Dust in the air suspendedT.S Eliot
Marks the place where a story ended.
Hebrews talks about how we have a “great cloud of witnesses”, saints gone before us whose example ought to urge us on to “throw off every encumbrance and the sin that so easily entangles us” so we might finish this race of faith well.
I have the great privilege of having a legacy of great saints in my family. Men and women whose faith impacted me at a very young age. One of the many was my great auntie.
Recently she left behind this earth to finally be home. Her life was one of relative obscurity, she was no famous woman, no news making figure, she was single her whole life and so left behind no children. And yet, I suspect when she finally had the moment of meeting her Savior face-to-face he uttered those words, “well done, my good and faithful servant”.
And though she had no children of her own, the fruits of her life undoubtedly impacted a host of children in the faith. She certainly impacted me.
At 25, my auntie received the call to live her life on the mission field. With great bravery she set out in 1960 for Zambia, Africa, knowing she would not have the opportunity to see her home again for at least five years, with only letters for correspondence. She served there 33 years, 10 of which were lived in the deep bush at a Bible school, later on a compound caring for missionaries coming and going from the field. She fed and cared for so many people. I was given the giant pot she used on many such occasions (it’s so large my toddler uses it as a tiny pool in the summer).
I remember as a young child excitedly receiving her letters–she was so faithful to always reply to mine–her cursive adorned the back of a post cards featuring elephants and zebras. She’d relate exciting stories and would always inquire into my life, as though my eight-year-old musings were her greatest treasure to receive.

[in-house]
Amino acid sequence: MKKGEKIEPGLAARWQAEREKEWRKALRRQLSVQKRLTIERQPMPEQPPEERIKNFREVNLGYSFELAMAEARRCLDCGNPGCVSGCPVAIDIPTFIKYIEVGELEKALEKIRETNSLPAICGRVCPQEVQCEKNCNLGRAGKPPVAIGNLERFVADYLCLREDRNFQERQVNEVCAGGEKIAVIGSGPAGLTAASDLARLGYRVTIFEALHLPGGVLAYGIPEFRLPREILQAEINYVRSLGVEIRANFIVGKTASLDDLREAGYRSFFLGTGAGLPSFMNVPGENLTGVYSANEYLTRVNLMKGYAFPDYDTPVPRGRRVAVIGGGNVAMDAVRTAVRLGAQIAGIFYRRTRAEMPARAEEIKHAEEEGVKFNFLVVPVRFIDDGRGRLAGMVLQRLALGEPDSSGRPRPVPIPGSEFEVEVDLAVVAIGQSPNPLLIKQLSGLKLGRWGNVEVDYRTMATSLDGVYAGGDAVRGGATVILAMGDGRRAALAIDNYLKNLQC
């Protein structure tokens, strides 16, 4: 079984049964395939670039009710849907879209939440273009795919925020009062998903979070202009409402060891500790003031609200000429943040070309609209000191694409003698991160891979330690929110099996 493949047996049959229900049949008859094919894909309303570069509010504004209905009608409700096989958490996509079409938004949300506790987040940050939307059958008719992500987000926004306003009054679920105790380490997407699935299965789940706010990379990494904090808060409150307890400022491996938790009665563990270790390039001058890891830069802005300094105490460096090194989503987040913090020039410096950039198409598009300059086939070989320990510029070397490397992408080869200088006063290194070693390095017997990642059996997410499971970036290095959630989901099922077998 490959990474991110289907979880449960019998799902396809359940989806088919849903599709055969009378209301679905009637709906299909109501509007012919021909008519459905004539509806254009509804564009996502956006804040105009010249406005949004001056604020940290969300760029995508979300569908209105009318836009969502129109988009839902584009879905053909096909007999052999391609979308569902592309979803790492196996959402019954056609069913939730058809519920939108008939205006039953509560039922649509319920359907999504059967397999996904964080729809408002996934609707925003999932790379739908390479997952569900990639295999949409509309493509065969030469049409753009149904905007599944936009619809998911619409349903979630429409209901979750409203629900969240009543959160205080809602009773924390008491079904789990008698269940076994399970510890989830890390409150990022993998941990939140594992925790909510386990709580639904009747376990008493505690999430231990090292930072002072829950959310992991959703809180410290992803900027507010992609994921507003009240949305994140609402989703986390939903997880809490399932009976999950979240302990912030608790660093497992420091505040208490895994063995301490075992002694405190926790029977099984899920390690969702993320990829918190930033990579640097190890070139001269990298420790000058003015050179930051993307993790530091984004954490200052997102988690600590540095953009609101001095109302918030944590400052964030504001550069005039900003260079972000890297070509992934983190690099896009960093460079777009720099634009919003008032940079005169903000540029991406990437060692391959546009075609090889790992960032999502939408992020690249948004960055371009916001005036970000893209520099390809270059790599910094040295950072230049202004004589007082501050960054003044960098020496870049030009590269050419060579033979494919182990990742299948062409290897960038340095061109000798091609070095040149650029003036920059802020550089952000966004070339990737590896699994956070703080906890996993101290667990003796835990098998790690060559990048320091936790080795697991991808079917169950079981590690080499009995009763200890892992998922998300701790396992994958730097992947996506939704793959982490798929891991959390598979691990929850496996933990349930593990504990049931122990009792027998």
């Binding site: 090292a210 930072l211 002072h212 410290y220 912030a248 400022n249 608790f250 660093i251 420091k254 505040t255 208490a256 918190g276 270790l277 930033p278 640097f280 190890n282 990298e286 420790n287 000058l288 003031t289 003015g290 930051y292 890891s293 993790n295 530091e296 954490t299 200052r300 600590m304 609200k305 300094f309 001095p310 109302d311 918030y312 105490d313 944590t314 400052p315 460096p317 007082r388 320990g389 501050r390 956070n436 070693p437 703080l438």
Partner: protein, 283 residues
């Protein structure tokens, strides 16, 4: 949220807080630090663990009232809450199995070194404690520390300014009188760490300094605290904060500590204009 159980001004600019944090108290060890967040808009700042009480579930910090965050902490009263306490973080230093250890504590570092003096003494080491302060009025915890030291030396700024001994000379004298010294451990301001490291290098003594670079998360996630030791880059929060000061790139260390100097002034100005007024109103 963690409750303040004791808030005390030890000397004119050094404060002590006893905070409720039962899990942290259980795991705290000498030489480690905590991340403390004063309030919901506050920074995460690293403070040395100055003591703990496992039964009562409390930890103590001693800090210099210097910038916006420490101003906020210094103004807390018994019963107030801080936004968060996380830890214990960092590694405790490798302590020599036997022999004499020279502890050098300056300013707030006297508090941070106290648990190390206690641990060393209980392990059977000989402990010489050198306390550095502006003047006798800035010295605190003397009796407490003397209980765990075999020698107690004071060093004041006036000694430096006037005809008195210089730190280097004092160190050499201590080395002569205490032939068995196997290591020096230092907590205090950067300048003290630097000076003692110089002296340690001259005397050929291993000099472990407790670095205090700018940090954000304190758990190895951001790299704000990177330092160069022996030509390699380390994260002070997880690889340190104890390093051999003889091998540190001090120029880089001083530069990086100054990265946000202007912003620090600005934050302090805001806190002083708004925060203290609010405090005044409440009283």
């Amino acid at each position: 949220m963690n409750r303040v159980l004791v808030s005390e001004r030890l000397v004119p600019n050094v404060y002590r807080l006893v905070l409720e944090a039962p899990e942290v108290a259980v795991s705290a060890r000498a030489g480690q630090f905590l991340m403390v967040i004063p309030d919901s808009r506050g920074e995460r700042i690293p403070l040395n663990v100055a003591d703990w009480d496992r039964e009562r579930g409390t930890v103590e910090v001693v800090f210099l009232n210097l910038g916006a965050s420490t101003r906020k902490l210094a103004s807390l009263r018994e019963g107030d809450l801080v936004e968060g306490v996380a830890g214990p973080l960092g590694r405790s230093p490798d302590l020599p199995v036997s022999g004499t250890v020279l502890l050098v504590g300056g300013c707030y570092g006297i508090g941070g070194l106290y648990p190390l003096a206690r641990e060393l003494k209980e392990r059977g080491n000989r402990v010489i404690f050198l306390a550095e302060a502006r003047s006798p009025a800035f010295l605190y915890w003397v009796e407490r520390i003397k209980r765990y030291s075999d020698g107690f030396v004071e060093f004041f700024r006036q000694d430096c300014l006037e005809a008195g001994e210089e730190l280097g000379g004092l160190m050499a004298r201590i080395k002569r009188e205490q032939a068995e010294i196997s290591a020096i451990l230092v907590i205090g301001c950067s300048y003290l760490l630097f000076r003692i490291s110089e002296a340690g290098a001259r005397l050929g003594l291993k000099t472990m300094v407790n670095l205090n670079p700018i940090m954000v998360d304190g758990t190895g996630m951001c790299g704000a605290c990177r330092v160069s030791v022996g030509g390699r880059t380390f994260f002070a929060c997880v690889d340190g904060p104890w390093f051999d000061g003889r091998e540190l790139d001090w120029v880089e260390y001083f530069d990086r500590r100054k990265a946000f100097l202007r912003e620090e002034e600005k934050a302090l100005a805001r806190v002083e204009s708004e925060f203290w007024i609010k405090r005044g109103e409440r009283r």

When she retired and moved back to the States I remember many a conversation over books we were reading, political happenings, and faith. Her life impacted me so much that in college I applied to serve in Malawi, Africa as an intern. I nervously submitted my application, thinking of her bravery accepting the Lord’s will whatever may come.
Even now, though I’m not serving overseas, I think of her courage in saying goodbye to the family she dearly loved, willing to go wherever the Lord took her because she understood so well that this world is not our home. Her courage inspires me to gladly move over and over again despite the heartache of saying goodbye, because if she could trust the Lord’s leading her, so can I.
My auntie was a woman of faith, a willing and joyful servant of the God she loved so dearly. Her example has shaped my own faith in ways I’m not even able to articulate.
She didn’t leave behind a legacy of children or fame, but she left behind a legacy nonetheless. Her legacy was a life well-lived, a woman who fought the good fight of faith until her very last days. A woman who gave her “best” years to the mission field, and loved her Savior until her very last breath.
Why do I share this with you? I believe my aunt was a woman who ought to be honored. In a world that often only sees the glitter of fame, hears only the loudest voices, and looks at markers of success in money and numbers, my beautiful, shy, and single aunt goes unnoticed, but not by her God. And that, I believe, is something we all need to remember. Our acts of faith: when we love people well, serve the least, and obey our God, will largely go unnoticed by the world, but that doesn’t make them insignificant. In fact, I think it is the unnoticed people who will hold the greatest honor in heaven, because that’s how God’s economy works. He honors the least of these, gives the kingdom to the meek, puts the first last and the last first. Often his greatest saints go unnoticed by the world, but he doesn’t miss a moment of their glad and faithful service to him.
In a world full of celebrity culture, I want to be like my beautiful aunt. Her name was Jewel, and that’s exactly what she was, a treasure of whom the world was not worthy.